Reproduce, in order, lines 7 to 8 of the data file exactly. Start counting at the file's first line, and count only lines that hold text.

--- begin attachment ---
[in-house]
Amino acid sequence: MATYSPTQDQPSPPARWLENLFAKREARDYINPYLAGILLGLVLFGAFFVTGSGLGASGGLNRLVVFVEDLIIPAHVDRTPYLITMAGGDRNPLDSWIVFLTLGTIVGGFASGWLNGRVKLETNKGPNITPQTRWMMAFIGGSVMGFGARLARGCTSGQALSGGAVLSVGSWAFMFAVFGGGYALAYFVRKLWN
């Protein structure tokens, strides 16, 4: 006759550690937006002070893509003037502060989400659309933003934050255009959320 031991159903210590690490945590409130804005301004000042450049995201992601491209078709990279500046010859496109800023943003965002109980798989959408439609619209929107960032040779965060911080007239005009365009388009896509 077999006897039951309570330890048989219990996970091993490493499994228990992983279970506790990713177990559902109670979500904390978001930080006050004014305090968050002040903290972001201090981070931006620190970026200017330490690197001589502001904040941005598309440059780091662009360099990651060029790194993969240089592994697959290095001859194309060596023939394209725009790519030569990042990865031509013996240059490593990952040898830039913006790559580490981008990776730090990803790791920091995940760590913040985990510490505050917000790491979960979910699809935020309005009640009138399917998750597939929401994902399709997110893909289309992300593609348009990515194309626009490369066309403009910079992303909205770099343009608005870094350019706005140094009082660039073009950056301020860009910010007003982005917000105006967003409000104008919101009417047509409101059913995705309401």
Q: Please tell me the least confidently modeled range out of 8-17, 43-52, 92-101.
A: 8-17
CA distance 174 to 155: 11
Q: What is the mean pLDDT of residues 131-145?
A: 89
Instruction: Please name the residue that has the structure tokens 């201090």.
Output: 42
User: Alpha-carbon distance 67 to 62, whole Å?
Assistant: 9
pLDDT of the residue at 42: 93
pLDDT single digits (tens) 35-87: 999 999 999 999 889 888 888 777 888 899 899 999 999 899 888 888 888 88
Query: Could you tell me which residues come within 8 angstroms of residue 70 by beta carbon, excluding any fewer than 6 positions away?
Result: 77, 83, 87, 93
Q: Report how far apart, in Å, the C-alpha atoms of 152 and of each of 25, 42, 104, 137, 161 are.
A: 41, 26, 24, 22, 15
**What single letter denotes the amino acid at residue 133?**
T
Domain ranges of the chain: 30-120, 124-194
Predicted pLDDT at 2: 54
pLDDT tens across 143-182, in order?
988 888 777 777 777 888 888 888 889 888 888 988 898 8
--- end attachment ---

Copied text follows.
Q: What is the mean pLDDT of residues 131-145?
A: 89